In the past, I’ve formulated this argument:
In situations where your own personal good comes, not simply into contradiction with the common good, but with the possibility of other people pursuing their own personal good, a crime has been commited. For example, it’s not a crime if I catch a fish which someone else could have caught. However, if I steal the copper from all the fishing boats to sell it for cash, this is a crime. In the first case, my catching the fish means someone else can’t catch it. In the second, me catching the copper means others never get to catch fish.
Turned over towards the economic problems, this means if I make a trade which someone else could have made, this isn’t a crime. However, if I make trades which destroy the stability of the market, which make it impossible (over time) for anyone to make trades, then this is a crime.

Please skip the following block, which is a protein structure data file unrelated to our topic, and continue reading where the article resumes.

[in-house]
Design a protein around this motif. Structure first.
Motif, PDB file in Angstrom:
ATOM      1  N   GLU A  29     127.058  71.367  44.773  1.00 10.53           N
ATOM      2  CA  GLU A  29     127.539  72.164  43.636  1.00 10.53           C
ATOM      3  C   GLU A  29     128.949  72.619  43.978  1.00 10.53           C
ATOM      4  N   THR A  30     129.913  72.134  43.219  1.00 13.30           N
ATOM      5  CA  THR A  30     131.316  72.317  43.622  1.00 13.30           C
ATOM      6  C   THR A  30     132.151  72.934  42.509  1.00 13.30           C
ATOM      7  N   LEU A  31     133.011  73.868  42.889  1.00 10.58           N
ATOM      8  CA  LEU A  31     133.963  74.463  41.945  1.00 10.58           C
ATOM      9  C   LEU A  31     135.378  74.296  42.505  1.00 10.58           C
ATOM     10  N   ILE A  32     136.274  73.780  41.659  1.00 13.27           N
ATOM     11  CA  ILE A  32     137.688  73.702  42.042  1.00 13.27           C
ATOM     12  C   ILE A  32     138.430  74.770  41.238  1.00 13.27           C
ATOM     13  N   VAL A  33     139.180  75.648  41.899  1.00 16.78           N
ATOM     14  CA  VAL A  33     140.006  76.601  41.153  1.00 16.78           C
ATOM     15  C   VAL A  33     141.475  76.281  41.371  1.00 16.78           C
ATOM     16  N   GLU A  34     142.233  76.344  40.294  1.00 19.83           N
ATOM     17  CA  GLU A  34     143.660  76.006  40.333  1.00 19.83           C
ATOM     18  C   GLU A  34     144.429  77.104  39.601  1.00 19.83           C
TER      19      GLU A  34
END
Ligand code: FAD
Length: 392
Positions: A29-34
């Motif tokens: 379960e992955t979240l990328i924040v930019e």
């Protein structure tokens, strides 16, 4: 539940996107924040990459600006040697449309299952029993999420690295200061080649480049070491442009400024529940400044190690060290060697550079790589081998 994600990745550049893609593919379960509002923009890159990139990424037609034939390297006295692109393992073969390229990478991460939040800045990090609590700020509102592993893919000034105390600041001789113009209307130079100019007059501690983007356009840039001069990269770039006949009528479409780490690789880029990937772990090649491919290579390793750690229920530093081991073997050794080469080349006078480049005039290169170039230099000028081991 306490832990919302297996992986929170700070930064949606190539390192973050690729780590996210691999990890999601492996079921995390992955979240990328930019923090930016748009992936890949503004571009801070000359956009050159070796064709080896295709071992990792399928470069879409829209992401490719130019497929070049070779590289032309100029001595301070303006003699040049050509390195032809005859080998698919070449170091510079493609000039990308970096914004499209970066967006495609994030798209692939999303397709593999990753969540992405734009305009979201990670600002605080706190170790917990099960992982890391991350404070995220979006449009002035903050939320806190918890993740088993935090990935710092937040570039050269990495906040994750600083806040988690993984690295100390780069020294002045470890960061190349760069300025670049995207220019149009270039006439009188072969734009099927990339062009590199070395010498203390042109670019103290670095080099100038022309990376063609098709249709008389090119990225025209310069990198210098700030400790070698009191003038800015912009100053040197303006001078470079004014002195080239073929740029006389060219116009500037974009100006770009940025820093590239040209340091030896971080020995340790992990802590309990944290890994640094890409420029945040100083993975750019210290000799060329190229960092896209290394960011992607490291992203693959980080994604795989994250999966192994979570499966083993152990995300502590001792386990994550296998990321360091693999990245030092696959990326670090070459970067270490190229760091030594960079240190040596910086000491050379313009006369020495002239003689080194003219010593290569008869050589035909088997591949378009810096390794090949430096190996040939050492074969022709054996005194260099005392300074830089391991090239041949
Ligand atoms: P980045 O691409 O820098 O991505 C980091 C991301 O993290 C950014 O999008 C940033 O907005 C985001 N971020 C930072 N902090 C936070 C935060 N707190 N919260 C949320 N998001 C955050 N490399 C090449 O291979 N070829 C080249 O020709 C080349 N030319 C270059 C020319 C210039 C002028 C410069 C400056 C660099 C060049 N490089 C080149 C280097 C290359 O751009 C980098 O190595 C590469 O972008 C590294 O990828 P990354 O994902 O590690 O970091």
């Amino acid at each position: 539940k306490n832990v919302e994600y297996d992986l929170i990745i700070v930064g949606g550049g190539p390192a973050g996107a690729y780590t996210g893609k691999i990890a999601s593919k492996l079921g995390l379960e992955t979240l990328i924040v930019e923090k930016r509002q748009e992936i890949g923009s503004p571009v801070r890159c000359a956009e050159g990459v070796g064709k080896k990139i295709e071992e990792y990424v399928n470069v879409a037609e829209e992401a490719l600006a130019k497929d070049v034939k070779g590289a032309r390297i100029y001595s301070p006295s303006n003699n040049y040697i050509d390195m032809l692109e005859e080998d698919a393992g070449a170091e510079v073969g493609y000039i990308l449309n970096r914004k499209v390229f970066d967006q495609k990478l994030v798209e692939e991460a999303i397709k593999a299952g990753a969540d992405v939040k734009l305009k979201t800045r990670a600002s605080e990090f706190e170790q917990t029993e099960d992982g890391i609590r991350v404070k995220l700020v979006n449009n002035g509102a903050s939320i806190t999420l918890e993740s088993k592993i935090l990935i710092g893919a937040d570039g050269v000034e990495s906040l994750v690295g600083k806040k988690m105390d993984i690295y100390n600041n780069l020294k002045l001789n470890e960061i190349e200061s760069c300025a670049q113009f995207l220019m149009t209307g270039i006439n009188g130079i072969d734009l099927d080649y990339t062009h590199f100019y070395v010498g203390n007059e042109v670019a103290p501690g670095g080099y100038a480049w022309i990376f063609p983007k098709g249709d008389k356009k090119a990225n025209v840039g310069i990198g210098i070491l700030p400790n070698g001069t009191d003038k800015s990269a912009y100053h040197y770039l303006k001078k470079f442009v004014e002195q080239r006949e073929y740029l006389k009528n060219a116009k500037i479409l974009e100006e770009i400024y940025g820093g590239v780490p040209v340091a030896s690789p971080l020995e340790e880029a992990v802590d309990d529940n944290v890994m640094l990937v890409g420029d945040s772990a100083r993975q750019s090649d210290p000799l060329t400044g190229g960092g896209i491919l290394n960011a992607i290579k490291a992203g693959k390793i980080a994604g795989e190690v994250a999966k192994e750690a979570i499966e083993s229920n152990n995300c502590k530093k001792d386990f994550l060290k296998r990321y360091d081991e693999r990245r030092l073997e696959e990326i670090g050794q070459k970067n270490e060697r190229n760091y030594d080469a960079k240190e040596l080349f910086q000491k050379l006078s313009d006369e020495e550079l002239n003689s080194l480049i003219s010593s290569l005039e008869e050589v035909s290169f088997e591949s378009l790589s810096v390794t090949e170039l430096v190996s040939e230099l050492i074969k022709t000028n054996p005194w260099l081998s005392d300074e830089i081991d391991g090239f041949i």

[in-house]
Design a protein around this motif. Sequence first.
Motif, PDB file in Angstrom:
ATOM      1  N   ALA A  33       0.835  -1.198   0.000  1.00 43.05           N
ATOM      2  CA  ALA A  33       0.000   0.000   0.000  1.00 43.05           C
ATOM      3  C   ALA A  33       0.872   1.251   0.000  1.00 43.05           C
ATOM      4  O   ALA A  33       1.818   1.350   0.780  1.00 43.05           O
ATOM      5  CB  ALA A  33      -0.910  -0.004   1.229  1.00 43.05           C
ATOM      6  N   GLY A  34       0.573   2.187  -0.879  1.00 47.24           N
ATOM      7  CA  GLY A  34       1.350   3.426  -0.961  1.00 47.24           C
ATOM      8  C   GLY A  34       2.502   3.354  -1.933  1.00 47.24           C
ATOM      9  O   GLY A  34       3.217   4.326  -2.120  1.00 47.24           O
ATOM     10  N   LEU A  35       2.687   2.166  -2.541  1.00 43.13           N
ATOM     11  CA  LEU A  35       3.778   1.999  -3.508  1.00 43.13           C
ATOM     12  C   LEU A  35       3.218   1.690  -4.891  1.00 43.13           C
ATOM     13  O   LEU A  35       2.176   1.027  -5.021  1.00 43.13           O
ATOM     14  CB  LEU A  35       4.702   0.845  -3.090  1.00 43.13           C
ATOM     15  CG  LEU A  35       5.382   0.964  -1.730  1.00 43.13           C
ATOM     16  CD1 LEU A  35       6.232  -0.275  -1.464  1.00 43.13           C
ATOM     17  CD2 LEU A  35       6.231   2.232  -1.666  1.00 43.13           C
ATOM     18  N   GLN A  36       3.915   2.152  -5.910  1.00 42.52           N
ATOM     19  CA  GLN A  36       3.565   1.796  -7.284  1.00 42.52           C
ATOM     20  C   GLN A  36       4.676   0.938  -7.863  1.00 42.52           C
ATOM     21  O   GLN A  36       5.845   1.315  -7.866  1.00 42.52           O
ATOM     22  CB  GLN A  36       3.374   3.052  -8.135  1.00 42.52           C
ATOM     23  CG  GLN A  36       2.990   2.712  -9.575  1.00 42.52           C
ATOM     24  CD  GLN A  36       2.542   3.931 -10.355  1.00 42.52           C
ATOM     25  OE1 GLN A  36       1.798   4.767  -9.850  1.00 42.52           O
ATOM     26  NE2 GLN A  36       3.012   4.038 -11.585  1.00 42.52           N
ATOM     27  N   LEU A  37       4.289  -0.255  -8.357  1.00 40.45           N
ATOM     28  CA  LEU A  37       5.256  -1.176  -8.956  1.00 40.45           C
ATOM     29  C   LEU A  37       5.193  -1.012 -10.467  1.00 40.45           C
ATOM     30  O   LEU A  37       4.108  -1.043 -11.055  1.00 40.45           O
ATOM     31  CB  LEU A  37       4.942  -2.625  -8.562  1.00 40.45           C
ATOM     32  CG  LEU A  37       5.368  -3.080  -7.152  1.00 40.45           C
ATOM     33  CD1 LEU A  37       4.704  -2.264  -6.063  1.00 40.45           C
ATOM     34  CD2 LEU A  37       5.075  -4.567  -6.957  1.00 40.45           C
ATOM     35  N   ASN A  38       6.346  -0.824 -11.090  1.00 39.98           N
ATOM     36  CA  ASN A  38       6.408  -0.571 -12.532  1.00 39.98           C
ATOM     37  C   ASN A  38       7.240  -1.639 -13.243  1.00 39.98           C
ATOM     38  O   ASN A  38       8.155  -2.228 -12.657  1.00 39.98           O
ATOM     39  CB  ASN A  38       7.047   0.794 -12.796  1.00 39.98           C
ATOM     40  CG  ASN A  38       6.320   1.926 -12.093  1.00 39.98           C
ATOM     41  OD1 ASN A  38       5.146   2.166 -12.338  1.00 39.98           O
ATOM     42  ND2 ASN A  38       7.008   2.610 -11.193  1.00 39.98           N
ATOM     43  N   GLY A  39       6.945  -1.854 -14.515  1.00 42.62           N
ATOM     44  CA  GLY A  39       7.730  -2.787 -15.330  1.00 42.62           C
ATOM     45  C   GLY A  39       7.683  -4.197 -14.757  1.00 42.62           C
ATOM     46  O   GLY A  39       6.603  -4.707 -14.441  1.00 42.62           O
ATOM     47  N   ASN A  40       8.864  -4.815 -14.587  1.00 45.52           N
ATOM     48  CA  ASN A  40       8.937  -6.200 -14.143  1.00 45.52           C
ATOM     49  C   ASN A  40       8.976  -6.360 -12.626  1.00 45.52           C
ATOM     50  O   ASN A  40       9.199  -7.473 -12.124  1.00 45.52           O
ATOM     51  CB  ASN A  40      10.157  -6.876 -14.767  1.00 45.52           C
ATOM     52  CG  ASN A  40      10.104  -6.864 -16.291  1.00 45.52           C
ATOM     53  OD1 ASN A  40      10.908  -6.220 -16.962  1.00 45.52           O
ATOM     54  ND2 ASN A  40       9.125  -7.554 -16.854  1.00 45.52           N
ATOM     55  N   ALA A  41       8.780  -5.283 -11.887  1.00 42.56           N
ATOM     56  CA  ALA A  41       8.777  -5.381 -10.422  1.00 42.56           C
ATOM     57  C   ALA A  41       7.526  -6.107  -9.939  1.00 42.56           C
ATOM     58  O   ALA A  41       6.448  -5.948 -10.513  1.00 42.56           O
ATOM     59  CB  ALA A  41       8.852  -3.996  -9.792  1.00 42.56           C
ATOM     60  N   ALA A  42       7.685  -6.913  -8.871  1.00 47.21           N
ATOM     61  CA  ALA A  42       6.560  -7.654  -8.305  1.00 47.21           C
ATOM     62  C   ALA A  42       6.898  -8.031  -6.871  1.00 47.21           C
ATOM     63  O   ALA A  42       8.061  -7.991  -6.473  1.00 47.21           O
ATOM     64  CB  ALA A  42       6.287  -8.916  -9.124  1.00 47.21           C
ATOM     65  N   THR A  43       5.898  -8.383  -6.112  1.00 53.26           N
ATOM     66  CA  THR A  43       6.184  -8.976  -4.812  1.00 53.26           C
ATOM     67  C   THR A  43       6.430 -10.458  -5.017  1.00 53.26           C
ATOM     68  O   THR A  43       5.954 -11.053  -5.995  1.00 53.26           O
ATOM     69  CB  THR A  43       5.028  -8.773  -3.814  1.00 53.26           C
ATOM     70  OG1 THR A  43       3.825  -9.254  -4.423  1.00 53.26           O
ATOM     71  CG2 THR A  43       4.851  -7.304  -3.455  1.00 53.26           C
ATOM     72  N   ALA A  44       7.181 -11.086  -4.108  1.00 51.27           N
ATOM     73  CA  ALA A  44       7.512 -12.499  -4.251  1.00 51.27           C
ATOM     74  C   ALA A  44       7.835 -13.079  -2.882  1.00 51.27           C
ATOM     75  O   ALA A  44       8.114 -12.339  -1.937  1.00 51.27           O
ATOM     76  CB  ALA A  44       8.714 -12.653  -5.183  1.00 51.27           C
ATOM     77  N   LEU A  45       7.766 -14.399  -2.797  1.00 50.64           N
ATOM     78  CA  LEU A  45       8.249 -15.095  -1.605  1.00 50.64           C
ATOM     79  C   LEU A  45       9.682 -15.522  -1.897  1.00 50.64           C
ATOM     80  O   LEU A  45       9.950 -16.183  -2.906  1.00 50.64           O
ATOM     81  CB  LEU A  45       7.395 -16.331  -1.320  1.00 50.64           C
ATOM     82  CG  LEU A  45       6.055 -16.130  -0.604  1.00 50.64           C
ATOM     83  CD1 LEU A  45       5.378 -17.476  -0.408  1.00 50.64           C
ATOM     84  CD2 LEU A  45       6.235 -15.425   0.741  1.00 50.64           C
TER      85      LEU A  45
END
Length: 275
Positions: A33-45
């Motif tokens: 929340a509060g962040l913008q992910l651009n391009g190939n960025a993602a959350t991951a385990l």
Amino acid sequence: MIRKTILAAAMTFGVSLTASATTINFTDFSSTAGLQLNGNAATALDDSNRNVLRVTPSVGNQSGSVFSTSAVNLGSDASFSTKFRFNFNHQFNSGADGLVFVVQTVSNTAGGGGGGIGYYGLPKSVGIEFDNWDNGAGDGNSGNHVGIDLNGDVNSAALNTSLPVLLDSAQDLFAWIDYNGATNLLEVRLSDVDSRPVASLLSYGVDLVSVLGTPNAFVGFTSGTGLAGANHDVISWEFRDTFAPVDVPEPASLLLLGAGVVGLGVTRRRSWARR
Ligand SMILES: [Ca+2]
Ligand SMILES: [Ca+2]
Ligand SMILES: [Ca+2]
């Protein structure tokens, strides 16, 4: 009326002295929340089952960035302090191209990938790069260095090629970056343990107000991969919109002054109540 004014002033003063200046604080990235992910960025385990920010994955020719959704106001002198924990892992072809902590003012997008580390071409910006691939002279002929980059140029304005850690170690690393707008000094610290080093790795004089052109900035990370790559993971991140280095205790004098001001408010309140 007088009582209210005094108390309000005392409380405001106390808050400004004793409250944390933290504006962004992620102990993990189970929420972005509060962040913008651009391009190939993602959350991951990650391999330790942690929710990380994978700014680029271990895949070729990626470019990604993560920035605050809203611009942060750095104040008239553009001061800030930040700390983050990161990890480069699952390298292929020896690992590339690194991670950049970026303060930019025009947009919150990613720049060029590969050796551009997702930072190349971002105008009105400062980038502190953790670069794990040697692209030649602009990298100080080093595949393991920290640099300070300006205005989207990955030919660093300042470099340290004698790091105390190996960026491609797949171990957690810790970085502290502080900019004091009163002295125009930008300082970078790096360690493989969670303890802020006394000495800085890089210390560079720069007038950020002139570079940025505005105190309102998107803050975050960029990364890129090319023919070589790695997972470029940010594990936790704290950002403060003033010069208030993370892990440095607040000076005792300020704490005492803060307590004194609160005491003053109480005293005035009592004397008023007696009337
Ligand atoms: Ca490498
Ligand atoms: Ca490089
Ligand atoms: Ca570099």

The problem with this argument is that it is not the responsibility for people to understand how their actions impact others way down the line, but only quite immediately. In other words, if I stab someone, I’m responsible for them being hurt, but not so much for the extent of which this stabbing impacts their likelyhood to commit future crimes. (The Nuremburg trials are of course the notible exception to this rule – agression is considered the highest crime specifically because it is deemed to include all the crimes it directly and indirectly causes).
Therefore to understand responsibility in the economic crisis, we need to understand whose responsibility it is to monitor the distant, long term effects of individuals decisions. In other words, not the individuals, but the regulators. It is exactly the responsibility of regulators to set up incentive structures which prevent individuals, making selfish decisions, from destroying the possibility of anyone making any decisions at all.